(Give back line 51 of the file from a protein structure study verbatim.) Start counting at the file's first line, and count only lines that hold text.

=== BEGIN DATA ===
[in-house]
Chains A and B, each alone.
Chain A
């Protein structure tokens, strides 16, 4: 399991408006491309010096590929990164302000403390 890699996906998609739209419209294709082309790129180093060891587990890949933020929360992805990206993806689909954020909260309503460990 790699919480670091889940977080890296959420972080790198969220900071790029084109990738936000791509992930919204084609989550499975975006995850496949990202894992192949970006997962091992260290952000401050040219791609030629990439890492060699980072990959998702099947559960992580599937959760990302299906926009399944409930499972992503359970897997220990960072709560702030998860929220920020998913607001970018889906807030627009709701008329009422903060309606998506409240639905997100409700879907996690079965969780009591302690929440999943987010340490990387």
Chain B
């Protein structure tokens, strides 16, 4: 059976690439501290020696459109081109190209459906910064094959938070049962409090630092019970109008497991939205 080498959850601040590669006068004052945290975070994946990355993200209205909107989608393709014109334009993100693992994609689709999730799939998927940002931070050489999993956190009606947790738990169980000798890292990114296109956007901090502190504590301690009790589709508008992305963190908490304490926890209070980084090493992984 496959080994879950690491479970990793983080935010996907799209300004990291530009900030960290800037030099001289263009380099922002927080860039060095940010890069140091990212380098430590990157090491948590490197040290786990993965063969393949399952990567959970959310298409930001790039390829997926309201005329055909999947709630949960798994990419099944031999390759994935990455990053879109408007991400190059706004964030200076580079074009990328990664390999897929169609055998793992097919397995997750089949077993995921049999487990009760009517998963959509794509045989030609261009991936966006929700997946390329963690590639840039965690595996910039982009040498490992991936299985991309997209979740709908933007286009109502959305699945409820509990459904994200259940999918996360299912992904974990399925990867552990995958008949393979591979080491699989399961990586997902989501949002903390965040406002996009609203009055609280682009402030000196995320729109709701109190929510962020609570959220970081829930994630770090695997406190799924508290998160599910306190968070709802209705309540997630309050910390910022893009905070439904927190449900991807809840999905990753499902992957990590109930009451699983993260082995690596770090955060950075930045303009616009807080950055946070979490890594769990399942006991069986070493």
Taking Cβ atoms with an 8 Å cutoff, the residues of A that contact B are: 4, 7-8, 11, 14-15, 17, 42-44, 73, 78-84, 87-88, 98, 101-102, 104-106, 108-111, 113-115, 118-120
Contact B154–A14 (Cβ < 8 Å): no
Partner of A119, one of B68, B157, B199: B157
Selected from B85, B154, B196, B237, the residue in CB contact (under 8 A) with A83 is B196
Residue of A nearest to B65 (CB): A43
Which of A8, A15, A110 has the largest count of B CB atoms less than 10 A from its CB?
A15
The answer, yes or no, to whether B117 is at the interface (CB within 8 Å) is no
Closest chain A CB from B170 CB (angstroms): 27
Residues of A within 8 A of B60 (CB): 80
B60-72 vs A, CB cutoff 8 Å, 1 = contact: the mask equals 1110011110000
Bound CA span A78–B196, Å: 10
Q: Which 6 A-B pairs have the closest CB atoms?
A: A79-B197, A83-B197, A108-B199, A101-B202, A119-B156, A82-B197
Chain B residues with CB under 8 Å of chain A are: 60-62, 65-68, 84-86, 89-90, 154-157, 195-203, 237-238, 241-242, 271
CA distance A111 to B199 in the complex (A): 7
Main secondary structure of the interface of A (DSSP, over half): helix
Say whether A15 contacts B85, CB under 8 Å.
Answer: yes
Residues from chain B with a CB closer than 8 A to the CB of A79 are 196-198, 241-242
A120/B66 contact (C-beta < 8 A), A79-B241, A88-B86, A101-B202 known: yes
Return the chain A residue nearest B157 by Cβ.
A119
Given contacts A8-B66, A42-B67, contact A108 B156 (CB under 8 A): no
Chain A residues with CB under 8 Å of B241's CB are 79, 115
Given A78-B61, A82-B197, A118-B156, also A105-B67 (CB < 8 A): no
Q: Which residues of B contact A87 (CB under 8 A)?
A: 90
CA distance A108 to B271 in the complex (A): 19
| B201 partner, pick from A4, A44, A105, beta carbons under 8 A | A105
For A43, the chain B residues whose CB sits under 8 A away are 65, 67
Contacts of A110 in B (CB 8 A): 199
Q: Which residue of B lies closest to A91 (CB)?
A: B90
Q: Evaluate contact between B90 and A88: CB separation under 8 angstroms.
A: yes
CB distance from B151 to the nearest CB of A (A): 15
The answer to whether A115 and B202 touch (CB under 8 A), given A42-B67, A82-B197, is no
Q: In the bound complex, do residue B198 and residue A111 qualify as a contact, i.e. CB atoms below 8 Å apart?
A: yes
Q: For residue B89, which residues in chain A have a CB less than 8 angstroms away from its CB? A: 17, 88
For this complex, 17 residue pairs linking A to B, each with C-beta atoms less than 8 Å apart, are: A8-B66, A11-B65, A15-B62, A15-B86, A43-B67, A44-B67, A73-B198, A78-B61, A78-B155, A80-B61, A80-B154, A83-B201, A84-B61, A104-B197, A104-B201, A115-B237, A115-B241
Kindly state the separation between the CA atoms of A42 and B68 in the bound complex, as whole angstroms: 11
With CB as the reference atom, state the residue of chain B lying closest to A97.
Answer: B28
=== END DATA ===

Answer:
Answer: B28